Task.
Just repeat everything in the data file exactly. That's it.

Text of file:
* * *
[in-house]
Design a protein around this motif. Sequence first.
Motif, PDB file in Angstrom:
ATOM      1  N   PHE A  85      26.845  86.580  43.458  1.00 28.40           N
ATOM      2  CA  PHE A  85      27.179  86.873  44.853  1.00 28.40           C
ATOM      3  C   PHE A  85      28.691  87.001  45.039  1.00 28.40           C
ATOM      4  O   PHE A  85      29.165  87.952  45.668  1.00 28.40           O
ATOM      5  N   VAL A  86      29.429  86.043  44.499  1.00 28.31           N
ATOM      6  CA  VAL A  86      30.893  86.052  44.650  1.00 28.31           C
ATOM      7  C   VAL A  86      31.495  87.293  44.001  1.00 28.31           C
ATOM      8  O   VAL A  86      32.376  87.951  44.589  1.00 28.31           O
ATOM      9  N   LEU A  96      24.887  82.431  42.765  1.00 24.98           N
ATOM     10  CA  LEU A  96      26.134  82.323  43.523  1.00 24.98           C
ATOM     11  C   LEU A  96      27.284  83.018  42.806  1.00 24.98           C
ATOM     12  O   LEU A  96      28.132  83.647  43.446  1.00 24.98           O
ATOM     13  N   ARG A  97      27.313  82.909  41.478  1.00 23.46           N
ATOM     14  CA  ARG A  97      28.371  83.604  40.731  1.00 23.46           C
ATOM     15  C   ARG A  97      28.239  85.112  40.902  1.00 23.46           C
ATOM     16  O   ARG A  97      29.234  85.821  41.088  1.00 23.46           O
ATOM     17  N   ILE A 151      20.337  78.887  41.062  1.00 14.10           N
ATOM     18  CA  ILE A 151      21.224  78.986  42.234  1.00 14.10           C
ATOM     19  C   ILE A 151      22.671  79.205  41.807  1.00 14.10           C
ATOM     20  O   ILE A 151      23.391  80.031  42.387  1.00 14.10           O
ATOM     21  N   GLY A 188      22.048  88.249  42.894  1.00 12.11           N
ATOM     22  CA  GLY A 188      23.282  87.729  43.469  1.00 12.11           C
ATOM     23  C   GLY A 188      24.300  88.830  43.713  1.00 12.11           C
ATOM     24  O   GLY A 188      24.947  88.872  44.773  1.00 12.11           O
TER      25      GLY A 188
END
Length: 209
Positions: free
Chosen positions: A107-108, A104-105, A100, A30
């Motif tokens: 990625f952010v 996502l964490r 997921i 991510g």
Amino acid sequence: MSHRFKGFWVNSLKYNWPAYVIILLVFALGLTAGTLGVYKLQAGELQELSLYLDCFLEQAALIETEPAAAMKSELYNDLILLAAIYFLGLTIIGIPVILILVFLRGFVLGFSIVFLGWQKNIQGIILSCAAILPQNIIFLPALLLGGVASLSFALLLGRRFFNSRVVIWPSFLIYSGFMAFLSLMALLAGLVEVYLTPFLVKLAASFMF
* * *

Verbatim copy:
[in-house]
Design a protein around this motif. Sequence first.
Motif, PDB file in Angstrom:
ATOM      1  N   PHE A  85      26.845  86.580  43.458  1.00 28.40           N
ATOM      2  CA  PHE A  85      27.179  86.873  44.853  1.00 28.40           C
ATOM      3  C   PHE A  85      28.691  87.001  45.039  1.00 28.40           C
ATOM      4  O   PHE A  85      29.165  87.952  45.668  1.00 28.40           O
ATOM      5  N   VAL A  86      29.429  86.043  44.499  1.00 28.31           N
ATOM      6  CA  VAL A  86      30.893  86.052  44.650  1.00 28.31           C
ATOM      7  C   VAL A  86      31.495  87.293  44.001  1.00 28.31           C
ATOM      8  O   VAL A  86      32.376  87.951  44.589  1.00 28.31           O
ATOM      9  N   LEU A  96      24.887  82.431  42.765  1.00 24.98           N
ATOM     10  CA  LEU A  96      26.134  82.323  43.523  1.00 24.98           C
ATOM     11  C   LEU A  96      27.284  83.018  42.806  1.00 24.98           C
ATOM     12  O   LEU A  96      28.132  83.647  43.446  1.00 24.98           O
ATOM     13  N   ARG A  97      27.313  82.909  41.478  1.00 23.46           N
ATOM     14  CA  ARG A  97      28.371  83.604  40.731  1.00 23.46           C
ATOM     15  C   ARG A  97      28.239  85.112  40.902  1.00 23.46           C
ATOM     16  O   ARG A  97      29.234  85.821  41.088  1.00 23.46           O
ATOM     17  N   ILE A 151      20.337  78.887  41.062  1.00 14.10           N
ATOM     18  CA  ILE A 151      21.224  78.986  42.234  1.00 14.10           C
ATOM     19  C   ILE A 151      22.671  79.205  41.807  1.00 14.10           C
ATOM     20  O   ILE A 151      23.391  80.031  42.387  1.00 14.10           O
ATOM     21  N   GLY A 188      22.048  88.249  42.894  1.00 12.11           N
ATOM     22  CA  GLY A 188      23.282  87.729  43.469  1.00 12.11           C
ATOM     23  C   GLY A 188      24.300  88.830  43.713  1.00 12.11           C
ATOM     24  O   GLY A 188      24.947  88.872  44.773  1.00 12.11           O
TER      25      GLY A 188
END
Length: 209
Positions: free
Chosen positions: A107-108, A104-105, A100, A30
């Motif tokens: 990625f952010v 996502l964490r 997921i 991510g």
Amino acid sequence: MSHRFKGFWVNSLKYNWPAYVIILLVFALGLTAGTLGVYKLQAGELQELSLYLDCFLEQAALIETEPAAAMKSELYNDLILLAAIYFLGLTIIGIPVILILVFLRGFVLGFSIVFLGWQKNIQGIILSCAAILPQNIIFLPALLLGGVASLSFALLLGRRFFNSRVVIWPSFLIYSGFMAFLSLMALLAGLVEVYLTPFLVKLAASFMF